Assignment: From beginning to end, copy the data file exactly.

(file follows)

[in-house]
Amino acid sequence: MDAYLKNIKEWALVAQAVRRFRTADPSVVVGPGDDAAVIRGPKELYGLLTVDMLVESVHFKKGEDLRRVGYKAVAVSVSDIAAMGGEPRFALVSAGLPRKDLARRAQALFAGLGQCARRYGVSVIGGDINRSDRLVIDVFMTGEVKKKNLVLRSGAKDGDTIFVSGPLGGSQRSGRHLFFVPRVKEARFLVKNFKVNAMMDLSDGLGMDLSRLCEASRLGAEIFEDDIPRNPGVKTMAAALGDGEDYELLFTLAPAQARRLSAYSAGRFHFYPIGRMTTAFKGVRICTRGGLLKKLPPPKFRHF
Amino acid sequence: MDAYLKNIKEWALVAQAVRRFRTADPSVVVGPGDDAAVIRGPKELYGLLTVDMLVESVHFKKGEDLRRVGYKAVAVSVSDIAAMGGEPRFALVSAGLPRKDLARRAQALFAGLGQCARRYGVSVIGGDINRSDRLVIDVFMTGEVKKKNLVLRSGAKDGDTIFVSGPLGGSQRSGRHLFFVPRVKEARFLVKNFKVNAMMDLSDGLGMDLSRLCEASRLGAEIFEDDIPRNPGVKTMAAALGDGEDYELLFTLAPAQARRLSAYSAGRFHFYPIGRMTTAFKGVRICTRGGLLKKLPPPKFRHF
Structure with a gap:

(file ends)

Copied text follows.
[in-house]
Amino acid sequence: MDAYLKNIKEWALVAQAVRRFRTADPSVVVGPGDDAAVIRGPKELYGLLTVDMLVESVHFKKGEDLRRVGYKAVAVSVSDIAAMGGEPRFALVSAGLPRKDLARRAQALFAGLGQCARRYGVSVIGGDINRSDRLVIDVFMTGEVKKKNLVLRSGAKDGDTIFVSGPLGGSQRSGRHLFFVPRVKEARFLVKNFKVNAMMDLSDGLGMDLSRLCEASRLGAEIFEDDIPRNPGVKTMAAALGDGEDYELLFTLAPAQARRLSAYSAGRFHFYPIGRMTTAFKGVRICTRGGLLKKLPPPKFRHF
Amino acid sequence: MDAYLKNIKEWALVAQAVRRFRTADPSVVVGPGDDAAVIRGPKELYGLLTVDMLVESVHFKKGEDLRRVGYKAVAVSVSDIAAMGGEPRFALVSAGLPRKDLARRAQALFAGLGQCARRYGVSVIGGDINRSDRLVIDVFMTGEVKKKNLVLRSGAKDGDTIFVSGPLGGSQRSGRHLFFVPRVKEARFLVKNFKVNAMMDLSDGLGMDLSRLCEASRLGAEIFEDDIPRNPGVKTMAAALGDGEDYELLFTLAPAQARRLSAYSAGRFHFYPIGRMTTAFKGVRICTRGGLLKKLPPPKFRHF
Structure with a gap: